Species Spotlight - Deepwater Anthias (Pseudanthias cf cooperi)

Species Spotlight - Deepwater Anthias (Pseudanthias cf cooperi)
<span>For all their beauty, diversity and popularity, the colorful little basslets of the genus Pseudanthias have not been particularly well-studied to date. Many of the geographically widespread species which we know and love are likely to be hiding a great deal of hidden biodiversity. The Lyretail Anthias (Pseudanthias squamipinnis) is perhaps the best known example, as the populations in the Indian and Pacific Oceans are striking different from one another. This is also true for a somewhat lesser-known member of this genus, P. cooperi.&nbsp;</span>

For all their beauty, diversity and popularity, the colorful little basslets of the genus Pseudanthias have not been particularly well-studied to date. Many of the geographically widespread species which we know and love are likely to be hiding a great deal of hidden biodiversity. The Lyretail Anthias (Pseudanthias squamipinnis) is perhaps the best known example, as the populations in the Indian and Pacific Oceans are striking different from one another. This is also true for a somewhat lesser-known member of this genus, P. cooperi.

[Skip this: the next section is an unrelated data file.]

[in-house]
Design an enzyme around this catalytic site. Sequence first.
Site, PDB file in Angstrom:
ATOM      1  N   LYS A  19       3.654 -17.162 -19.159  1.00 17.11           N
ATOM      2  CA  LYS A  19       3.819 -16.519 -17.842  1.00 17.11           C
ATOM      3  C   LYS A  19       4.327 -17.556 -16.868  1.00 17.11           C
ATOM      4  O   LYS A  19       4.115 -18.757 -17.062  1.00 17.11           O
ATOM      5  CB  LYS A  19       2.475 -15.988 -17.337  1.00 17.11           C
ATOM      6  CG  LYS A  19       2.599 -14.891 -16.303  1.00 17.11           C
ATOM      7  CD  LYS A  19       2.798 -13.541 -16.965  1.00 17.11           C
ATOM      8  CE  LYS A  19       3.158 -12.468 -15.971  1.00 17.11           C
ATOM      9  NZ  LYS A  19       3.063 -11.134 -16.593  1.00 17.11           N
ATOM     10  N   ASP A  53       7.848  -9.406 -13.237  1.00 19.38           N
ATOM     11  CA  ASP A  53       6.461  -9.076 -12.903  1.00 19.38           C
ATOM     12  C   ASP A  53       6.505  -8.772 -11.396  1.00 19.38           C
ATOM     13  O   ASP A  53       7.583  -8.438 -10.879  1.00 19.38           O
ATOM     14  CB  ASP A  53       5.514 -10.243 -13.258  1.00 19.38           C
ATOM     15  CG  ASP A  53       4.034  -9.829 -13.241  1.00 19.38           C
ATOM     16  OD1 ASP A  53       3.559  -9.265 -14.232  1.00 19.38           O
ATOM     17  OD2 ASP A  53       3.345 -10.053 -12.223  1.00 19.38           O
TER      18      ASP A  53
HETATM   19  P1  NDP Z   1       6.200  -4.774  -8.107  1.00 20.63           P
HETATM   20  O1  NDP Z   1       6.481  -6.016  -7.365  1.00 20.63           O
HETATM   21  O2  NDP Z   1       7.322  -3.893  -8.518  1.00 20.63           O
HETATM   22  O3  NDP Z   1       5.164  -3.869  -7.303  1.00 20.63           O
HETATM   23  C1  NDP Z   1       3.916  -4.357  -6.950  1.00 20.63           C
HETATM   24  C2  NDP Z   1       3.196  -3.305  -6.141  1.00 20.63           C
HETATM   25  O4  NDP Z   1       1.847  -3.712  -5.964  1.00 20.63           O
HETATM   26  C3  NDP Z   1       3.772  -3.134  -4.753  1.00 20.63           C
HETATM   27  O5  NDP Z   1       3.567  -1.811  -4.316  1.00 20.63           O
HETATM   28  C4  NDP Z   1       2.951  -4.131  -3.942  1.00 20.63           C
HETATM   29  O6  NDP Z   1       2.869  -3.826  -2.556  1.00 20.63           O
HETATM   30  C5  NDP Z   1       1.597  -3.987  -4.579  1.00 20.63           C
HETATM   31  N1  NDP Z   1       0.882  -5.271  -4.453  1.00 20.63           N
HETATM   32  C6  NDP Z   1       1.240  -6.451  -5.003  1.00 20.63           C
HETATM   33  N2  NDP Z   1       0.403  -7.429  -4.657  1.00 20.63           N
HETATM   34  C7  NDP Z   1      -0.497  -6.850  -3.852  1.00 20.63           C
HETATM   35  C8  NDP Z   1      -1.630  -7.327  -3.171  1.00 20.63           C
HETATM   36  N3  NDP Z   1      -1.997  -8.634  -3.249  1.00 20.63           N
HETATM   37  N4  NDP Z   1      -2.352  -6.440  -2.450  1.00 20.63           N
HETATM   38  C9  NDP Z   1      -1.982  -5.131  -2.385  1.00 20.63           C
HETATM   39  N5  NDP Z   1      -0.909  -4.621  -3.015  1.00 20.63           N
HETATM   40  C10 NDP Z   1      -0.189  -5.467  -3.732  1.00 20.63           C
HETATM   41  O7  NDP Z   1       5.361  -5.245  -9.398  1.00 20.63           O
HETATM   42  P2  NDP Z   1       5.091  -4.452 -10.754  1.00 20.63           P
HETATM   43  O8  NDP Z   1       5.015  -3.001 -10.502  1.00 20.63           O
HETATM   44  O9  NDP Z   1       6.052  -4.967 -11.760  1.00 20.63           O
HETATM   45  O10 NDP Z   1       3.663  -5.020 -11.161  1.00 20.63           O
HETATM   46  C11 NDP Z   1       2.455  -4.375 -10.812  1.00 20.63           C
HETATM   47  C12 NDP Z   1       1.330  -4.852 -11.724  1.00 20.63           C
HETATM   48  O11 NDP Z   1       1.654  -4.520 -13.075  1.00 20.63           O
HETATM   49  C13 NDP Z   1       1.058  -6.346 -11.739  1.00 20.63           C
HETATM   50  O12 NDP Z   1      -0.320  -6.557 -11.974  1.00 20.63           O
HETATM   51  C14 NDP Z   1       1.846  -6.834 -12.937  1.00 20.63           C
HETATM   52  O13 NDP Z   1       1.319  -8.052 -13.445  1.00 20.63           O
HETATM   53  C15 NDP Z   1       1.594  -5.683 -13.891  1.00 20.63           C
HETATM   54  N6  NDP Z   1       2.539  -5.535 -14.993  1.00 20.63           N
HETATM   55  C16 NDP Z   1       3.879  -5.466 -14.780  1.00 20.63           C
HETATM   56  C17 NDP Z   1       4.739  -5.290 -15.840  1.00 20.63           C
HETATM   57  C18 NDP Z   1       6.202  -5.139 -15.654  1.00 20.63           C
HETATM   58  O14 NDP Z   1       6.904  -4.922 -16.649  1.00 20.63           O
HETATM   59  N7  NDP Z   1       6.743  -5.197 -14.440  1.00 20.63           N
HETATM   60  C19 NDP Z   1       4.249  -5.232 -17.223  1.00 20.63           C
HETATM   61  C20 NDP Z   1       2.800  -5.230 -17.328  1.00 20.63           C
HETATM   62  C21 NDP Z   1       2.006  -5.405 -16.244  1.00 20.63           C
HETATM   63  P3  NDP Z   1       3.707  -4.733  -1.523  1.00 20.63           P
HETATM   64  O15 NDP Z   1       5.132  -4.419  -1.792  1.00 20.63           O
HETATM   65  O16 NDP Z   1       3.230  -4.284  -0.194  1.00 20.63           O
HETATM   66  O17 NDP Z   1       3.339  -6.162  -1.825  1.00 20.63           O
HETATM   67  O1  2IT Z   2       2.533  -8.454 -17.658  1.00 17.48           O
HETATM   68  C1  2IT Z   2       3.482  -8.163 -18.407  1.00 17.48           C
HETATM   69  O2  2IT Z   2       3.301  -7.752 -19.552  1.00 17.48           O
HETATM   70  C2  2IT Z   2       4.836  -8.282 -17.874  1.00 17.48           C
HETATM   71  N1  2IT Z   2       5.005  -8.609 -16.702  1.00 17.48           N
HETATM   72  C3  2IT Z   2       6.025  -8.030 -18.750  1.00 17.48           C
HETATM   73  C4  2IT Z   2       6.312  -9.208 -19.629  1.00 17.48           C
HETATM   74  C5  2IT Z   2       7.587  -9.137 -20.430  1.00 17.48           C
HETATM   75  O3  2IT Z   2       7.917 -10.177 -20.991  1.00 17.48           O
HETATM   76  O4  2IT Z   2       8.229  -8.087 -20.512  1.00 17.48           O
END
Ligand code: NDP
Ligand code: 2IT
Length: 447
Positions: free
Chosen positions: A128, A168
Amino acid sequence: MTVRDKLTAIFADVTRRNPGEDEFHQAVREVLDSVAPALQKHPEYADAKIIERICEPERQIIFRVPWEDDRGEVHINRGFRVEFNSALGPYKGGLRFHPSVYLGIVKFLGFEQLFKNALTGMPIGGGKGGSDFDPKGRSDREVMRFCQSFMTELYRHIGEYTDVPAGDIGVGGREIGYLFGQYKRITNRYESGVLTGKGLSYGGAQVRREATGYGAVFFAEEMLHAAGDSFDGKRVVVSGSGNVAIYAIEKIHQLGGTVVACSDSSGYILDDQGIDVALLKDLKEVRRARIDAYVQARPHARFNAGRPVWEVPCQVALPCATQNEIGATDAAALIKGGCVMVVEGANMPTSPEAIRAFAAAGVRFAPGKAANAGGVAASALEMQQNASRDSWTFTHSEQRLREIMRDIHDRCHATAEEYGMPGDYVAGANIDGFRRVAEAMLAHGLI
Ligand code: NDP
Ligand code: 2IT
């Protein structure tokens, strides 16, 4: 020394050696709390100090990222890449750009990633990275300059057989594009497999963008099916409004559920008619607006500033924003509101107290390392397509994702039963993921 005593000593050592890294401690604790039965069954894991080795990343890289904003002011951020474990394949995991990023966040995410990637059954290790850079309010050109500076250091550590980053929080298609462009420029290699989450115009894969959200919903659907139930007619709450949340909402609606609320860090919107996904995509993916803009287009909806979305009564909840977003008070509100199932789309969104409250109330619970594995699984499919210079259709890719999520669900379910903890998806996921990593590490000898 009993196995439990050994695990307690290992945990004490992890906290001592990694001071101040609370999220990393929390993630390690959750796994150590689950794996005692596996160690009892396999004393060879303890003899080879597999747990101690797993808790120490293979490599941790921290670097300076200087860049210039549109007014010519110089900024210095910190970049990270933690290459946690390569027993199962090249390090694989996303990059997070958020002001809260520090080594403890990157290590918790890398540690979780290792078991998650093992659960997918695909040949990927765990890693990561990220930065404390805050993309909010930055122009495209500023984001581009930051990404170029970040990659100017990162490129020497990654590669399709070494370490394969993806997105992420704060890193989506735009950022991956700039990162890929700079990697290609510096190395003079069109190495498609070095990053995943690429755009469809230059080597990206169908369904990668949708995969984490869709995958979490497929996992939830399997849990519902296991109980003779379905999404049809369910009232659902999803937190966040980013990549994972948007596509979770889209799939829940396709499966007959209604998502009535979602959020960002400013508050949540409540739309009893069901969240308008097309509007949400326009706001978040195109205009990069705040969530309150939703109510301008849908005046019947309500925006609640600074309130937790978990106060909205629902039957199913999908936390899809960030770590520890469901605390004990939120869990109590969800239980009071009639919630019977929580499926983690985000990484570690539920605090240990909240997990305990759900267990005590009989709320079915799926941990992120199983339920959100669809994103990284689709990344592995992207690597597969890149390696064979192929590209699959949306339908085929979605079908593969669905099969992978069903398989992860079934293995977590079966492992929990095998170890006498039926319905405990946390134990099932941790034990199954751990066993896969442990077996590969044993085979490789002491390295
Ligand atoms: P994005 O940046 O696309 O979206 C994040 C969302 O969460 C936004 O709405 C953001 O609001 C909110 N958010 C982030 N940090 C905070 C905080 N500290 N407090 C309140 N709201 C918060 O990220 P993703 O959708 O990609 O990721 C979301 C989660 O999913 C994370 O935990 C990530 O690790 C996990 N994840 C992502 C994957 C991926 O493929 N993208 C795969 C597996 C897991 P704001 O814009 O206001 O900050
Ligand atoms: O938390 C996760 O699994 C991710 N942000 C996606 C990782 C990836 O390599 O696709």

A quick search on the internet will reveal the impressive variability this fish can display. Males can be almost solidly peachy-pink or almost entirely white, depending on the creatures mood. A bright reflective stripe running along the back is seen in particularly excited or aroused males, calling to mind a similar motif seen in many fairy wrasses (Cirrhilabrus spp.). Males also sport a prominent vertical bar along the midbody, though the extent of this is also quite variable, becoming more prominent with age. 

If there is a consistent difference between the main oceanic populations in this fish, it might be best observed in the anterior portion of the dorsal fin. Those from the Indian Ocean (at least, those from Africa and the Mascarene Plateau) have a solidly red fin, while those in the Pacific appear to develop a deep, purple spot in the first few membranes. The name P. cooperi originates from a specimen collected in the Maldives, while those in the Pacific are often treated (at least within the aquarium trade) as P. kashiwae, which was described from the Japanese population. And, further east, youll also find P. mooreanus and P. hiva, both endemic to portions of Polynesia. 

Aquarium care for any of these fishes is typical of the genus. Harems are often kept, though single specimens will also do fine on their own. A proper captive diet will include a mix of small, meaty foods (chopped krill, mysis) fed multiple times a day. Max size is near six inches, so a moderately large aquarium is strongly recommended for this active fish, especially when kept in groups. Males confined together in smaller tanks do not appreciate their own company. And, note, despite the common name, this species is not found in unusually deep waters for the genus. The typical depth is somewhere in the 10-60 meter range, with most found somewhere in the middle of this range. 

Source: www.qualitymarine.com